A Brief History
Slane Castle in Ireland has been my family‘s home since 1703. Slane is steeped in history and with the river Boyne flowing below the Castle, it has a mystical quality.
The Hill of Slane, which overlooks the Castle, is where St. Patrick lit his paschal fire, following which he was summoned by the High King to Tara, and Ireland was subsequently converted to Christianity. Nearby is Newgrange, one of the earliest and most significant and dramatic structures in Western Europe. The historic Battle of the Boyne was fought just downriver. My family fought on both sides.
The Castle itself is one of the most exciting historic buildings on the island and displays the collective talents of some of Ireland and England’s most distinguished architects. The parklands were laid out by the distinguished landscape architect, Capability Brown.
The Castle was also a settling for a famous historical romance between King George IV of England and my great, great, great, great grandmother, Elizabeth, the first Marchioness Conyngham. The King stayed in the Castle in 1821 and it is believed that the reason the road from Dublin to Slane is one of the straightest roads in Ireland is because it was so designed to speed him on his journey. He dined in the spectacular Gothic Revival Ballroom and the bedroom he slept in is known as the King’s Room to this day.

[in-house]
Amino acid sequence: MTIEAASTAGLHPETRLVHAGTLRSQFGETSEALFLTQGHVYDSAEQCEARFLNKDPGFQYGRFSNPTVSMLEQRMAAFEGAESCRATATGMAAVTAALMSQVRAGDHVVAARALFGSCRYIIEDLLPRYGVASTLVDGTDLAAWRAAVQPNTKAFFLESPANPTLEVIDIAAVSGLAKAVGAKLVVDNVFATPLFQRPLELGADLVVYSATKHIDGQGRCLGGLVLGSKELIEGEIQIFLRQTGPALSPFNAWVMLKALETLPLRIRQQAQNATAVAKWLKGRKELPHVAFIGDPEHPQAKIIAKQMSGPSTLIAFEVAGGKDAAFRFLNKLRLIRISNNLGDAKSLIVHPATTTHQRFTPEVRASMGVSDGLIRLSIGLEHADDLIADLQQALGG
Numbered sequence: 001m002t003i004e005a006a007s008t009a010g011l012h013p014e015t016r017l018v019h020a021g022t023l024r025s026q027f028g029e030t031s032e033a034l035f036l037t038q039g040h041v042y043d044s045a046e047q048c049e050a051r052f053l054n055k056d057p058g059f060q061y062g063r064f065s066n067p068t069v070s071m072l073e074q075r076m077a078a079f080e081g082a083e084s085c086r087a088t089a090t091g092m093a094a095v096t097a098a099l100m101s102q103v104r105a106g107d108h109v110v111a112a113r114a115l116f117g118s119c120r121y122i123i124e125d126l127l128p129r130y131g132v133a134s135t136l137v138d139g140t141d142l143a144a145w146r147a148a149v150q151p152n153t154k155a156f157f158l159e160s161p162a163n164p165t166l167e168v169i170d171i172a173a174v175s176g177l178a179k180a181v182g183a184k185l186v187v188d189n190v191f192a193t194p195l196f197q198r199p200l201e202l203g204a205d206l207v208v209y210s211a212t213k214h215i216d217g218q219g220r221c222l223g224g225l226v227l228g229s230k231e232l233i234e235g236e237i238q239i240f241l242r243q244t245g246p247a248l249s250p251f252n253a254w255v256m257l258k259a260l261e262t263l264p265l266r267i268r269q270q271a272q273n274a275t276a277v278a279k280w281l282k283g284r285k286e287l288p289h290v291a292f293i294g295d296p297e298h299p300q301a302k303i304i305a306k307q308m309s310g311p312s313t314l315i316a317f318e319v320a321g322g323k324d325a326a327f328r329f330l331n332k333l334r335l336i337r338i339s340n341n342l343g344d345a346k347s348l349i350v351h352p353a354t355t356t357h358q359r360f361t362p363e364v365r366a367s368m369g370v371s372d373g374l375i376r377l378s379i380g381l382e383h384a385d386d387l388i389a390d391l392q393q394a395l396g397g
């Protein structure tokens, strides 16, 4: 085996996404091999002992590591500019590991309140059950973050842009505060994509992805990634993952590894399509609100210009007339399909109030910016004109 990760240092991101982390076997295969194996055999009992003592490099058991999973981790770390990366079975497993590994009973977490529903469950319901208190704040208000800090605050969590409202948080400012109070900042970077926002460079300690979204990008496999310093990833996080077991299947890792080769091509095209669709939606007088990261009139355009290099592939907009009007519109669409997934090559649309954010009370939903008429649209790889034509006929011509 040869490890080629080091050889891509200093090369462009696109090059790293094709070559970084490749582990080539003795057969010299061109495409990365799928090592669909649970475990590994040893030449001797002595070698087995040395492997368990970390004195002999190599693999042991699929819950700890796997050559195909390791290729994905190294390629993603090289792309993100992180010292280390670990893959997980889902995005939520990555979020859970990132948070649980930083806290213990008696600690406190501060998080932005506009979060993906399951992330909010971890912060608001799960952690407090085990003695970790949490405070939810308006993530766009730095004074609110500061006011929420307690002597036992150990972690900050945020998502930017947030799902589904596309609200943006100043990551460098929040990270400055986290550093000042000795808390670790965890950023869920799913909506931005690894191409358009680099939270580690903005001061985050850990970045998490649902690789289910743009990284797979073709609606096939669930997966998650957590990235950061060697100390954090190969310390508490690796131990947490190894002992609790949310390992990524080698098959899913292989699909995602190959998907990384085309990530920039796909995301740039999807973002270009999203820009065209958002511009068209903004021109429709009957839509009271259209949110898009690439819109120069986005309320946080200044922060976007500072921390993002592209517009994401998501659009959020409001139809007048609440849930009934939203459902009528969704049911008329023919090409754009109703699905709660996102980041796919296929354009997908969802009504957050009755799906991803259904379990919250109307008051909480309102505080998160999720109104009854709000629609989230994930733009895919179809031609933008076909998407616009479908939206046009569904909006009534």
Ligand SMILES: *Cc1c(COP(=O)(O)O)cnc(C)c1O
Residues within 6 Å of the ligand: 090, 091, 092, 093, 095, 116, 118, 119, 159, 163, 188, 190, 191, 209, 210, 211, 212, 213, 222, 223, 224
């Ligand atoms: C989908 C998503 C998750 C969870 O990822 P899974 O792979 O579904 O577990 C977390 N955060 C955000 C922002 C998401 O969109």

In the last quarter of a century, music has become central to the tradition of Slane. For years it has played host to the Festival in Great Irish Houses, but it is for the fabulous open air Rock Concerts in the great natural amphitheatre below the Castle that it has become internationally renowned. Act such as U2, The Rolling Stones, Bob Dylan, Bruce Springsteen, Guns ‘N Roses, Red Hot Chilli Peppers, David Bowie, Queen and REM have performed in Slane. U2, uniquely, have performed three times at the venue – playing support to the renowned Irish band, Thin Lizzy, who headlined Slane with their charismatic singer, Phil Lynott at the first show in 1981.
In 1984 the band lived in the Castle while they were recording 'The Unforgettable Fire'. The Drawing Room was converted into a recording studio and one of the videos for 'Pride' was filmed in the unique Gothic Revival Ballroom which was created for George IV’s State Visit in 1821. It was all part of the special musical journey of the Castle.